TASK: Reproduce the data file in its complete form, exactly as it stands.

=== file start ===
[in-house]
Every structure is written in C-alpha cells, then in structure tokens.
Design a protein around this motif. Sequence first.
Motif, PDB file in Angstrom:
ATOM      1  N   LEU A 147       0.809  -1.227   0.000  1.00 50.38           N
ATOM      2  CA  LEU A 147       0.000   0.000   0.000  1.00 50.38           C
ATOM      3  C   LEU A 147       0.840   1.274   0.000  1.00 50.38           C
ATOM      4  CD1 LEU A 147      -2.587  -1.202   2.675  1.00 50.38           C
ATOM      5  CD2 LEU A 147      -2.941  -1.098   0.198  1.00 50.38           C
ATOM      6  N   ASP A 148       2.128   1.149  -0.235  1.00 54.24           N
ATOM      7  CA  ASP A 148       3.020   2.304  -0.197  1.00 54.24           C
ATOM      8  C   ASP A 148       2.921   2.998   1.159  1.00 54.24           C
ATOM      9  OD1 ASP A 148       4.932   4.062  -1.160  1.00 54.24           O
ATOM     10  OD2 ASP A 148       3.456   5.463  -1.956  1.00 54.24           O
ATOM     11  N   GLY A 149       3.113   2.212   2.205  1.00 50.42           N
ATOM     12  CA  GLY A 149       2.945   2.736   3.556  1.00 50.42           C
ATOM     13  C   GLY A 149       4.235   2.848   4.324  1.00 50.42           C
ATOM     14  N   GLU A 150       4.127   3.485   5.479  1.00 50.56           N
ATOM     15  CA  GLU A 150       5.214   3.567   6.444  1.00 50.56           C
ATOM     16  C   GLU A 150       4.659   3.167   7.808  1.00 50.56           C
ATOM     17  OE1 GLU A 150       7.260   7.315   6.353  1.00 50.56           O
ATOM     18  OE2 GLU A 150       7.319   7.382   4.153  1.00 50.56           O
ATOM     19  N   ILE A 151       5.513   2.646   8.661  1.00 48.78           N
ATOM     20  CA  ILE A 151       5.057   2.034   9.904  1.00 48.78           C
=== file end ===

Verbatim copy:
[in-house]
Every structure is written in C-alpha cells, then in structure tokens.
Design a protein around this motif. Sequence first.
Motif, PDB file in Angstrom:
ATOM      1  N   LEU A 147       0.809  -1.227   0.000  1.00 50.38           N
ATOM      2  CA  LEU A 147       0.000   0.000   0.000  1.00 50.38           C
ATOM      3  C   LEU A 147       0.840   1.274   0.000  1.00 50.38           C
ATOM      4  CD1 LEU A 147      -2.587  -1.202   2.675  1.00 50.38           C
ATOM      5  CD2 LEU A 147      -2.941  -1.098   0.198  1.00 50.38           C
ATOM      6  N   ASP A 148       2.128   1.149  -0.235  1.00 54.24           N
ATOM      7  CA  ASP A 148       3.020   2.304  -0.197  1.00 54.24           C
ATOM      8  C   ASP A 148       2.921   2.998   1.159  1.00 54.24           C
ATOM      9  OD1 ASP A 148       4.932   4.062  -1.160  1.00 54.24           O
ATOM     10  OD2 ASP A 148       3.456   5.463  -1.956  1.00 54.24           O
ATOM     11  N   GLY A 149       3.113   2.212   2.205  1.00 50.42           N
ATOM     12  CA  GLY A 149       2.945   2.736   3.556  1.00 50.42           C
ATOM     13  C   GLY A 149       4.235   2.848   4.324  1.00 50.42           C
ATOM     14  N   GLU A 150       4.127   3.485   5.479  1.00 50.56           N
ATOM     15  CA  GLU A 150       5.214   3.567   6.444  1.00 50.56           C
ATOM     16  C   GLU A 150       4.659   3.167   7.808  1.00 50.56           C
ATOM     17  OE1 GLU A 150       7.260   7.315   6.353  1.00 50.56           O
ATOM     18  OE2 GLU A 150       7.319   7.382   4.153  1.00 50.56           O
ATOM     19  N   ILE A 151       5.513   2.646   8.661  1.00 48.78           N
ATOM     20  CA  ILE A 151       5.057   2.034   9.904  1.00 48.78           C